A wedding is always a happy time for families to celebrate. The official Islamic marriage contract
may be the same in most places, but beyond that there is quite a bit of variety in the celebration of an Islamic marriage.
The various wedding traditions in the world reflect the diversity of the Muslim community. What are the wedding party customs in your culture or country? Share Your Traditions
- One of the beauties of Islam is that Muslims come from very diverse backgrounds and if you look at its history it has been most successful for the very reason that it allows people to take the faith and adapt based on the local culture. As long as they do not go outside the bounds of Islam which are wide it's cool.
If you check out the boards on Pinterest type "Muslim Weddings" etc you will see an array of different kinds of weddings.
- —Guest Javed Mohammed
Taking her husband's last name
- I am getting married and I need to know if my wife can take my last name? Is that ok in Islam? Please let me know because I know in Arab countries like Egypt, Emirates, etc. they don't. [Moderator note: The reason this tradition is not followed in many Islamic countries, is due to a verse in Surah Al-Ahzab: "Call them by the names of their fathers..." (33:5). This verse was revealed in relation to adopted children, but many people also understand it to mean that all people should be called by the names of their fathers. Your wife-to-be has her own blood family, and carrying their name is her right, as they raised her. This was also the practice of the early Muslims; the women did not change their name upon marriage. Nevertheless, some Muslim women do change their names in modern times, in the belief that it helps form a new family bond, and to share the last name of her children. The decision should be hers.]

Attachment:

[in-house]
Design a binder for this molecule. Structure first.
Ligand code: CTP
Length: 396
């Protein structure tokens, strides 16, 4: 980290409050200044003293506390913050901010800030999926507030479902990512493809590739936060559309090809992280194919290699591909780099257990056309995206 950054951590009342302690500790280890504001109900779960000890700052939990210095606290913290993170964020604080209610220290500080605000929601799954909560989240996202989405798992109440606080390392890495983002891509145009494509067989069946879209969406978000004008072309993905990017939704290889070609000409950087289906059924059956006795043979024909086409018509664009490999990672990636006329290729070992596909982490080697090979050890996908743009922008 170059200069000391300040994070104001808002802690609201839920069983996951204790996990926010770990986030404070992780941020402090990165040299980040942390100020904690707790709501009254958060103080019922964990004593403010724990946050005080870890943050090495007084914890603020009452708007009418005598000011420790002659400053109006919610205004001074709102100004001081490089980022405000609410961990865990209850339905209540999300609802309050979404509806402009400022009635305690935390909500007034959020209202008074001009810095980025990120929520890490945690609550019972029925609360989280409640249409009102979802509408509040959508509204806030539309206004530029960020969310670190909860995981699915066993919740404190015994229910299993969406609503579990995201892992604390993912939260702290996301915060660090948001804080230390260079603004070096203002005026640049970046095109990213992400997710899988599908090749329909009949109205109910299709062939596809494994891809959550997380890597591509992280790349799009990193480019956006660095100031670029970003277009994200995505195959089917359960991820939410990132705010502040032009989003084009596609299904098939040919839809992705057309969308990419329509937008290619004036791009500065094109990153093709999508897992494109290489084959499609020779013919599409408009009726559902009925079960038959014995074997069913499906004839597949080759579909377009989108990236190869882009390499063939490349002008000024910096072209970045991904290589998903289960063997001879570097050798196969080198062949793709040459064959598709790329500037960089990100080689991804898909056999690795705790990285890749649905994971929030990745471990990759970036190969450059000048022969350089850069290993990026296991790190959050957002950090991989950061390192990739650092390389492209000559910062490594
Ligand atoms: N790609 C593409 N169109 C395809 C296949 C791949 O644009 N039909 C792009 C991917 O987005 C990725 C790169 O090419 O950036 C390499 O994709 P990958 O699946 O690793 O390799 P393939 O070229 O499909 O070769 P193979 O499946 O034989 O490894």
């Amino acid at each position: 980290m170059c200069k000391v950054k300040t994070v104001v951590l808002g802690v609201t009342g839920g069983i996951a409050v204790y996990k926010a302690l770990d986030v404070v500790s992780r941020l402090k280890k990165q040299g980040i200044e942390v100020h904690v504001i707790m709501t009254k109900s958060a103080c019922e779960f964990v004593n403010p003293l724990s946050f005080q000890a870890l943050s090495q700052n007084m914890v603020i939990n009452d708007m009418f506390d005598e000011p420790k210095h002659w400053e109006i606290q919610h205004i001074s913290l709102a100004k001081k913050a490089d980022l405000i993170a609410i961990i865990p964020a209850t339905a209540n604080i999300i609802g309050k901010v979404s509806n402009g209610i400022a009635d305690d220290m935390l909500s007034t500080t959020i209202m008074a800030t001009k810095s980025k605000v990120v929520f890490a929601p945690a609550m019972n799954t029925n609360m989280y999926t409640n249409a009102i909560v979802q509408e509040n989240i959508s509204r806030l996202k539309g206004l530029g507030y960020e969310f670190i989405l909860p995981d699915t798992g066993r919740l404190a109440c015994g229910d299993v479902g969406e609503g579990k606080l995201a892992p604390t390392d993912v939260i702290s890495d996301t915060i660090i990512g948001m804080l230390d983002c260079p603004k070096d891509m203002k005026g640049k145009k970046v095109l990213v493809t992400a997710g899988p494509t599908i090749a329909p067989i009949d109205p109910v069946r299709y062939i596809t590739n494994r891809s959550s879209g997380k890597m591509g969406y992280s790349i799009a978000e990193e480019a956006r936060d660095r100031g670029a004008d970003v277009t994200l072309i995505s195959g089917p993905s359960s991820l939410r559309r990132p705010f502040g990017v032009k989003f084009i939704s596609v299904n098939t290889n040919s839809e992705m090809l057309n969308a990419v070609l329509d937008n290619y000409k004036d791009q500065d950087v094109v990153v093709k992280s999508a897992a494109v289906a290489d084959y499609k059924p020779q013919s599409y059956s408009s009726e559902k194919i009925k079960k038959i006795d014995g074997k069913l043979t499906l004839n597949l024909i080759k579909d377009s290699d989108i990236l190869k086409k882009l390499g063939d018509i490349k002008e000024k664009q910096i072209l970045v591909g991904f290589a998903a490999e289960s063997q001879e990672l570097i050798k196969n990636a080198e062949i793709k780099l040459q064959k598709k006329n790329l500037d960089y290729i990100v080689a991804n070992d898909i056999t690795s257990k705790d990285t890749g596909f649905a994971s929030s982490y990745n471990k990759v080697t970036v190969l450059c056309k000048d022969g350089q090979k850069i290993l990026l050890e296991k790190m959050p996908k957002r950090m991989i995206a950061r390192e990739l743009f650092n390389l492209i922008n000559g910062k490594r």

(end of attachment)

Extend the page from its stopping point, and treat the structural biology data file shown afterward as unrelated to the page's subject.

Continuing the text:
- —Guest Mourad
Pakistani Wedding Customs
- Traditional Muslim weddings are always events of a lifetime, with every friend and distant relative attending, lavish costumes often adorned with gold or silver jewelry, and precise Islamic religious rituals to be followed.
A Pakistani wedding is a great feast of fun, merriments, and celebrations. It is celebrated with great fervor. A Pakistani wedding is followed by several pre-wedding customs and rituals.
It is important to note that some of the customs followed in Pakistani weddings have no foundation in Islam. However, the Pakistani culture has adopted those ceremonies and traditions from the Hindu culture.
Below are the few customs normally followed by Pakistanis
Rasm E Mehndi
Muslim Marriage in Nigeria
- Here in Nigeria, things are not going the way it should be. Only a few muslims practice the sunnah. Muslims will organise a party, drink and dance till morning all because someone is getting married which is unacceptable. Men and women will gather for so many programmes in the marriage event. If you are practising sunnah, men and women must not be gathered, even if they will distance themselves. Only a few muslims in Nigeria get married without notifying people until after the wedding. Then they will invite men only for refreshment (that is Sunnah). May god guide us.
- Here in the US, the Muslim communities are often very small and the extended families of the bride and groom might not be able to attend. The contract is signed privately, and then the entire Muslim community is invited to the mosque for a dinner. The women gather in a separate part of the building, and sing nasheed to celebrate with the bride. There is a lot of laughter and smiling, and sisters give gifts, advice, and congratulations to the bride. Everyone dresses up, and the bride usually wears a white gown. The groom has his own party with the brothers in another part of the mosque. When everyone is finished after a couple of hours, the groom takes the bride away for their honeymoon. Some families have tried to hold wedding parties in rented halls or hotels, but in my community this is frowned upon as an unnecessary expense. We try to follow the sunnah of a simple meal and no music, just innocent laughter and fun.
- —Guest Umm Abdullah